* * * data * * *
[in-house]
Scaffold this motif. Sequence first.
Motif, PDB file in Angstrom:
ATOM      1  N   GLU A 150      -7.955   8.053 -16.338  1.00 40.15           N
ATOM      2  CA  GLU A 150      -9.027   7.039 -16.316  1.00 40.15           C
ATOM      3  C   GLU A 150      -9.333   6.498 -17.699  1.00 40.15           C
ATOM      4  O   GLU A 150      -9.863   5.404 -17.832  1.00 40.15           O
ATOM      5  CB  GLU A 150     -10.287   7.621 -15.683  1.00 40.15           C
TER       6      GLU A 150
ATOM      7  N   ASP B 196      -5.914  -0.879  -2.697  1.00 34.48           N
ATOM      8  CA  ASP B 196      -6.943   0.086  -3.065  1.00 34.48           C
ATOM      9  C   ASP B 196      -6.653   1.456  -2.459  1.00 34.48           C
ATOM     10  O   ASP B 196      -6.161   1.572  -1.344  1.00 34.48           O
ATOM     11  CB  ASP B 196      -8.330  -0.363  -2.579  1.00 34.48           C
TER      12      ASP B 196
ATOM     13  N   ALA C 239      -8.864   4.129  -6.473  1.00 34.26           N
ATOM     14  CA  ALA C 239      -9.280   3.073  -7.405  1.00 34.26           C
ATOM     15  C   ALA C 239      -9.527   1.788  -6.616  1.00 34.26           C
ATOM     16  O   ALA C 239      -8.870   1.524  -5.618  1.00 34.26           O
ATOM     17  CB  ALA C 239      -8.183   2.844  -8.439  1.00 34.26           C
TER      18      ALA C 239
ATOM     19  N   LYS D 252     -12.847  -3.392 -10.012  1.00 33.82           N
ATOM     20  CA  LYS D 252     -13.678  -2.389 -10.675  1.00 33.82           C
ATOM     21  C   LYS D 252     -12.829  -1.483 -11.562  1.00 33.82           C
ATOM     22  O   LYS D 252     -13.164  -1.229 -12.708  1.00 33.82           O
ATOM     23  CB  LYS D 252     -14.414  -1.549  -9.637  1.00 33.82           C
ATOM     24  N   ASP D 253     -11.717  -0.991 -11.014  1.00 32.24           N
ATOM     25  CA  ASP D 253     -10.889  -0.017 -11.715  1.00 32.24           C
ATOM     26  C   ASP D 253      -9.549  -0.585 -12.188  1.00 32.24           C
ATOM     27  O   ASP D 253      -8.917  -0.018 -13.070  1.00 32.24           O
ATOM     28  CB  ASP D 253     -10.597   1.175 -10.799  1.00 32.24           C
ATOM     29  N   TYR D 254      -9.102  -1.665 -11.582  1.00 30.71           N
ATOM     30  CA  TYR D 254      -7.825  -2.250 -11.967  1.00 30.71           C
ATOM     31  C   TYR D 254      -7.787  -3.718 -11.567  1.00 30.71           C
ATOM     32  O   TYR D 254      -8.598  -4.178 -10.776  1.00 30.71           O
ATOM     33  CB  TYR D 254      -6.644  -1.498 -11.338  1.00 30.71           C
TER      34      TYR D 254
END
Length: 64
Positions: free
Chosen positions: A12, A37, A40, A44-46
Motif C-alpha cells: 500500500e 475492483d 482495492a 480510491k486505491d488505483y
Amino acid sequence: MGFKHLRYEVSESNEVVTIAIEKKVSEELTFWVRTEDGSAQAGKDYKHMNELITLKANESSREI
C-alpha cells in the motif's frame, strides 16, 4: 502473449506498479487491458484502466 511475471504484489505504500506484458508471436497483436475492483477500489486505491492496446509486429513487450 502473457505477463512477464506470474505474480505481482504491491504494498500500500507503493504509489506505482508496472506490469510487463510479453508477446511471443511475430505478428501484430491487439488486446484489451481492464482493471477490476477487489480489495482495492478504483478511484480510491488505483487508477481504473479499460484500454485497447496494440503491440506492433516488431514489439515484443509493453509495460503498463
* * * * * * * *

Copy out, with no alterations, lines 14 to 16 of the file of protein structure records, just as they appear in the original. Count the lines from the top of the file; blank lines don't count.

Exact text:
ATOM     11  CB  ASP B 196      -8.330  -0.363  -2.579  1.00 34.48           C
TER      12      ASP B 196
ATOM     13  N   ALA C 239      -8.864   4.129  -6.473  1.00 34.26           N